New learning institute to expand horizons
The new Stanton Institute will be officially launched today, replacing the Department for Communities and Social Inclusion's College for Learning and Development.
The Institute is named after distinguished South Australian scholar and disability advocate, Anne Stanton (1898 to 2000).
Communities and Social Inclusion Minister Zoe Bettison will today attend the final graduation ceremony for the College for Learning and Development and launch the new institute.
"The Stanton Institute will provide 11 accredited courses in areas including government, business, leadership, disability, case management and mental health," Ms Bettison said.
"Unlike its predecessor, the Stanton Institute will offer courses to people outside of DCSI including those in other government departments and the community sector.
"The college has been highly successful in delivering accredited learning to DCSI staff, awarding more than 6000 qualifications since it was established in 2006.
"But now the Stanton Institute will broaden that scope by offering quality accredited and non-accredited learning to other government agencies and to the community sector."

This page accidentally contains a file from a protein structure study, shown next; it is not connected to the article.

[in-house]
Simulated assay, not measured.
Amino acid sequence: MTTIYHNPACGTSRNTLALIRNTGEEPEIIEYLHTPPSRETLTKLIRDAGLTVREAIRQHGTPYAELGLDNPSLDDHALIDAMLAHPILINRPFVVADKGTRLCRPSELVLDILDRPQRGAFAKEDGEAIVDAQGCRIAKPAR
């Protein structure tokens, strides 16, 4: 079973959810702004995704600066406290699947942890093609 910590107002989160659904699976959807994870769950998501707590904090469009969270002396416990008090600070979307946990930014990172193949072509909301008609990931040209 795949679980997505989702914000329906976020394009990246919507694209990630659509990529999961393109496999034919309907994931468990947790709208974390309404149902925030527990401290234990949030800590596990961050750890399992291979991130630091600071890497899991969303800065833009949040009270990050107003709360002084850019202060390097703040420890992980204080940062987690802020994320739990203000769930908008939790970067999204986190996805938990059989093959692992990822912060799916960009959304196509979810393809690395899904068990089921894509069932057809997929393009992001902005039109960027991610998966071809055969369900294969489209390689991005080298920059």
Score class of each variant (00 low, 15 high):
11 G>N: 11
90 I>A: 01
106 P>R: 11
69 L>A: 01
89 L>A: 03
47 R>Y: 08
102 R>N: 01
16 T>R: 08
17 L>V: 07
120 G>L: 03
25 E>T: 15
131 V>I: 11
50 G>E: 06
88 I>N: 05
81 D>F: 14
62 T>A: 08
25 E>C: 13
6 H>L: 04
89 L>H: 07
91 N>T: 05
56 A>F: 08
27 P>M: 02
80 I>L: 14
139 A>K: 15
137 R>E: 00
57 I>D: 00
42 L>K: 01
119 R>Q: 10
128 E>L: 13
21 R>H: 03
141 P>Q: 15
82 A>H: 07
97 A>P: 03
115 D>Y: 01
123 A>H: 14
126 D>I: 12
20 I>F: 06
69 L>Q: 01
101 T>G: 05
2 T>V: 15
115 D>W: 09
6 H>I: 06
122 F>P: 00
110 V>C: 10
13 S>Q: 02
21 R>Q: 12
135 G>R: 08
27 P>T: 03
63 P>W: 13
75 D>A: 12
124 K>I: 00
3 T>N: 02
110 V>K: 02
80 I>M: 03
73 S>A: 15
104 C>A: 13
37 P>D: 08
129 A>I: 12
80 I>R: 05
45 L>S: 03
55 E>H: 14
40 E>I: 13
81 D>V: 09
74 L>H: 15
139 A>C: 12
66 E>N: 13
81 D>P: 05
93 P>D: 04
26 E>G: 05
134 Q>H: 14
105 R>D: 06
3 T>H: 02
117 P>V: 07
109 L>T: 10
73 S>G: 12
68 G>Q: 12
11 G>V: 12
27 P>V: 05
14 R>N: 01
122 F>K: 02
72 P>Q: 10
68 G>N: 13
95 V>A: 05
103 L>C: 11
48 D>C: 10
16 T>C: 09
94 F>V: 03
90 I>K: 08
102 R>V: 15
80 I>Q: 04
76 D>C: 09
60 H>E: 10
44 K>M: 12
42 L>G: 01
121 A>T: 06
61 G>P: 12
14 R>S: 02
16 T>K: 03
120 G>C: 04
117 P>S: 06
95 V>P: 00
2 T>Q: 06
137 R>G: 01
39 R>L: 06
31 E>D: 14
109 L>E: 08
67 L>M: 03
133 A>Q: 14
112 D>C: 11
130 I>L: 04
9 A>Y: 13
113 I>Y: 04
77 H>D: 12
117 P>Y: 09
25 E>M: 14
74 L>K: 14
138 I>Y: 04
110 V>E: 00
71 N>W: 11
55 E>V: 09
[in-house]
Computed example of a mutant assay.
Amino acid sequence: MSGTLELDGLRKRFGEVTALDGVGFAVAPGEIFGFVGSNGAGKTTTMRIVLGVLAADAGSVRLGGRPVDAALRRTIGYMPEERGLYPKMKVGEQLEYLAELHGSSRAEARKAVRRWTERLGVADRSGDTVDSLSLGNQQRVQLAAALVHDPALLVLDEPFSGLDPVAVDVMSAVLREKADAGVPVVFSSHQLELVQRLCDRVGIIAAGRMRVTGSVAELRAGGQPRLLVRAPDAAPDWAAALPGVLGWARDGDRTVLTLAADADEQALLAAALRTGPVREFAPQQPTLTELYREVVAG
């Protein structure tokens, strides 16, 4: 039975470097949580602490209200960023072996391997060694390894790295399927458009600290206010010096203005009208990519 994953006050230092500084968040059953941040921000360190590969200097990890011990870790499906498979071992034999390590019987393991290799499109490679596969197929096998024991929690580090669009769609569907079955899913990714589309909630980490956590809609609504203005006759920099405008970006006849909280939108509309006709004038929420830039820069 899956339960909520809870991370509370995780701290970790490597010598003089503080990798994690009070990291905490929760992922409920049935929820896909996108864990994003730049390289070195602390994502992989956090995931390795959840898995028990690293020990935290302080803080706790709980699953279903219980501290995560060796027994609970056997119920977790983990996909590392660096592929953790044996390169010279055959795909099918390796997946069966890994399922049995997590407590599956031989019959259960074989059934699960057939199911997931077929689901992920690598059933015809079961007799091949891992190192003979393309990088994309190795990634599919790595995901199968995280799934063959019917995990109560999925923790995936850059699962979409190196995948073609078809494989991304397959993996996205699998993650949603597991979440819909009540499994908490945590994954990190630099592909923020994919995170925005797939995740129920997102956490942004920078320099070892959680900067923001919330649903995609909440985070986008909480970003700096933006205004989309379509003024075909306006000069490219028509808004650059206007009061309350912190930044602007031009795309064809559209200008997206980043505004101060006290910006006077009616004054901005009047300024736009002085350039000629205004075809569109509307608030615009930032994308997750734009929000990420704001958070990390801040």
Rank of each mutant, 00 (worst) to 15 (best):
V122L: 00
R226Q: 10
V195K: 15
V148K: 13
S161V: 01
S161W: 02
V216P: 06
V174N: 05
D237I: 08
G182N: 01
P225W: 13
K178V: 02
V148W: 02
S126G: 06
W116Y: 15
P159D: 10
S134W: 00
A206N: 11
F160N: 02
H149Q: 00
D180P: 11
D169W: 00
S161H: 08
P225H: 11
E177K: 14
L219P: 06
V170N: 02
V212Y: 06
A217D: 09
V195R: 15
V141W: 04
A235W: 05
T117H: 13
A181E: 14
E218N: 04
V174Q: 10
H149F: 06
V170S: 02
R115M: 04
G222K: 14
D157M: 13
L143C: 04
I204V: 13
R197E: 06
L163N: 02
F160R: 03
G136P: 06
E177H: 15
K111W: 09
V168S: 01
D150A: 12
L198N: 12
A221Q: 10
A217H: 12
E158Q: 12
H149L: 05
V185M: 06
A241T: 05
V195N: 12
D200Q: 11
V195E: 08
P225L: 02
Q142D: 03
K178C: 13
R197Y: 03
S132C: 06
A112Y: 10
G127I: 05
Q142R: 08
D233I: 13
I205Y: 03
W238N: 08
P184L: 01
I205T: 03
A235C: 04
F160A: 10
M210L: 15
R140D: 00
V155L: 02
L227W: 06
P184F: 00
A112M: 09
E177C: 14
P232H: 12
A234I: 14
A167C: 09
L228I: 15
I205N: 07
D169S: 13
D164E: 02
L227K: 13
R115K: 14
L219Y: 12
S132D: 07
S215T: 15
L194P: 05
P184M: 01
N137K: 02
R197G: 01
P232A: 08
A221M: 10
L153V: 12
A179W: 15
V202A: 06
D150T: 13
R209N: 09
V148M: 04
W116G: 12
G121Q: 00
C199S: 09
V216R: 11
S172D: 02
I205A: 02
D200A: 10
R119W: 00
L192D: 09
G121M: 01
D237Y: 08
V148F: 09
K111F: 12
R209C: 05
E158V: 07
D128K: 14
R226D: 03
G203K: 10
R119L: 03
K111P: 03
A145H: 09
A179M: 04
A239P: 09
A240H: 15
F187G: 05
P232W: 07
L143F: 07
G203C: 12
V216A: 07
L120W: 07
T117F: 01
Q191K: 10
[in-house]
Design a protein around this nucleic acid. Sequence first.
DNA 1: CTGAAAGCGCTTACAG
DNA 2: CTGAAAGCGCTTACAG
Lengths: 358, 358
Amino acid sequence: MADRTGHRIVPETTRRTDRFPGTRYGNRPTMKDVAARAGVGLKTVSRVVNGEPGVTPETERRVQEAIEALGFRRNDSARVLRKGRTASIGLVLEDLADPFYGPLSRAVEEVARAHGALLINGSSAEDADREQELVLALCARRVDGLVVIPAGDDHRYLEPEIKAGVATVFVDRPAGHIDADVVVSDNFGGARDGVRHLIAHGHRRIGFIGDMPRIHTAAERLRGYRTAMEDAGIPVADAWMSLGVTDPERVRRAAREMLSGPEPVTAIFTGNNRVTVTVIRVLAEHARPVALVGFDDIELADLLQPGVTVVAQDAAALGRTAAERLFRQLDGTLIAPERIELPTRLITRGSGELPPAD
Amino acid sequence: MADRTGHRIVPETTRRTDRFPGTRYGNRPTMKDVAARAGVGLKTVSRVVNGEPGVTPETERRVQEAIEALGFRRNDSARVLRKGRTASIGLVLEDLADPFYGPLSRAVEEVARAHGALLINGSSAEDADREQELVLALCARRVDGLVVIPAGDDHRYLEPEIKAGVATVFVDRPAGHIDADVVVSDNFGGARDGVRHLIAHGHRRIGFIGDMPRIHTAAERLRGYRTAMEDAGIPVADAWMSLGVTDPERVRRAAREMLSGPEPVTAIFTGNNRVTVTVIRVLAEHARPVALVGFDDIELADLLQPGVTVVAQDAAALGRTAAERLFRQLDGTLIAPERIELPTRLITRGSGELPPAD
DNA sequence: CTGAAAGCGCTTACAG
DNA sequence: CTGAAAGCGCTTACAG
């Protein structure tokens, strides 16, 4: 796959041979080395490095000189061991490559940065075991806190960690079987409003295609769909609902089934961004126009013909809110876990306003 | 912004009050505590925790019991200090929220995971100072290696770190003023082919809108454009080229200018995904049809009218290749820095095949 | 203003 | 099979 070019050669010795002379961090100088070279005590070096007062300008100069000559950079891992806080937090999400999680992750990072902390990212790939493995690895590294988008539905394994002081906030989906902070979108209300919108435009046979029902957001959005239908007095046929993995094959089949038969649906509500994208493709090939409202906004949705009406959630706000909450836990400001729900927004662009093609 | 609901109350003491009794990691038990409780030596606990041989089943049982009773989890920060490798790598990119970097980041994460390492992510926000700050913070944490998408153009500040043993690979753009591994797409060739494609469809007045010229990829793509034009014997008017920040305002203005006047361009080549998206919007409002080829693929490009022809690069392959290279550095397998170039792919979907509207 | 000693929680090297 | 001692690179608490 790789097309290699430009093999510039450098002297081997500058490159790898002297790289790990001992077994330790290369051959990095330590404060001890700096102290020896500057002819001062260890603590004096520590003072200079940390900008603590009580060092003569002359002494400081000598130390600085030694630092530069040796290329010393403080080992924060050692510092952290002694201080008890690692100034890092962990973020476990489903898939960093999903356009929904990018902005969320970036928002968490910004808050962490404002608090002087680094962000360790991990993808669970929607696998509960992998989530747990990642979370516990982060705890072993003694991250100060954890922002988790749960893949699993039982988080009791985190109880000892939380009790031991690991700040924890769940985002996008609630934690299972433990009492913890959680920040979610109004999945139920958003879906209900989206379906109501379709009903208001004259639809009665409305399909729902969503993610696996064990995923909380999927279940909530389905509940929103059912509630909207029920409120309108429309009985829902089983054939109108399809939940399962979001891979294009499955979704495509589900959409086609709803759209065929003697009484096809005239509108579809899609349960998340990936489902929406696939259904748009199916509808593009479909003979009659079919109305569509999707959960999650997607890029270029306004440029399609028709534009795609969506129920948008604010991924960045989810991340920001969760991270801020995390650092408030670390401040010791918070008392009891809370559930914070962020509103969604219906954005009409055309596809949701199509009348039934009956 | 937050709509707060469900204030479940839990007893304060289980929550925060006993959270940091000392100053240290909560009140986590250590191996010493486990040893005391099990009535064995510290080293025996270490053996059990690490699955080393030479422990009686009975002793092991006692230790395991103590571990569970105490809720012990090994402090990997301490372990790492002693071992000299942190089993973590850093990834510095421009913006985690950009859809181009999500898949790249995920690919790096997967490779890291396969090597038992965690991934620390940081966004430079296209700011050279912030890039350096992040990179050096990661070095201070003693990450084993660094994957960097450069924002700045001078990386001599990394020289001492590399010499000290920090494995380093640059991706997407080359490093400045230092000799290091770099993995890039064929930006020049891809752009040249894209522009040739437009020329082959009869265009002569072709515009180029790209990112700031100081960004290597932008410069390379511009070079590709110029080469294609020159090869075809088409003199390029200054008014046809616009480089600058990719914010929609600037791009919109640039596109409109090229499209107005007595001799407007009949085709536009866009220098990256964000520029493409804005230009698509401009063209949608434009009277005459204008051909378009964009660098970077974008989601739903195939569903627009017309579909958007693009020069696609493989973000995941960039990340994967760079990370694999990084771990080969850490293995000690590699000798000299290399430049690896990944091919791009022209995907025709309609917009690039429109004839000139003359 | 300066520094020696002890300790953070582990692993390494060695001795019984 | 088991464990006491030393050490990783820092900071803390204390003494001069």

Ms Bettison said 43 different short courses will be offered including Strategic Leadership, Individual and Team Effectiveness, Administrative Foundations, Community Services, Disability Focus, Working with Young People and Working with Complex Clients.
"The Stanton Institute's programs have been tailored to individual and organisational needs, with a focus on flexible, work-based assessment methodologies, incorporating employability and lifelong skills into all programs," she said.
"The integration of work and learning has developed into a unique, efficient and highly effective model of workforce development. Strong partnerships and collaboration will be the cornerstone of the Institute."
The Institute's head office is located at 80 King William Street, Adelaide, and training will be provided at the Education Development Centre, Hindmarsh.
Ms Bettison said Ms Stanton was a deserving recipient of the naming honours.
"Anne was a valued scholar and well regarded for her work in the disability sector," Ms Bettison said.
"From early in her life, she took others under her wing. As a student, she quickly became a leader and later sought to help the community through her social work."
Ms Stanton attended the Conservatorium of Music before joining the School of Social Studies and becoming a social worker for the Crippled Children's Association and Vice-President of the Muscular Dystrophy Association.
During this time she completed many country visits to help set up holiday camps for children with Adelaide Legacy. In 1978, she was awarded the Medal of the Order of Australia in recognition her work with people with disability.
"She had a great understanding of the needs of people and her range of interests and memberships made her an invaluable social worker," Ms Bettison said.
For further information or for a full list of courses visit www.stantoninstitute.edu.au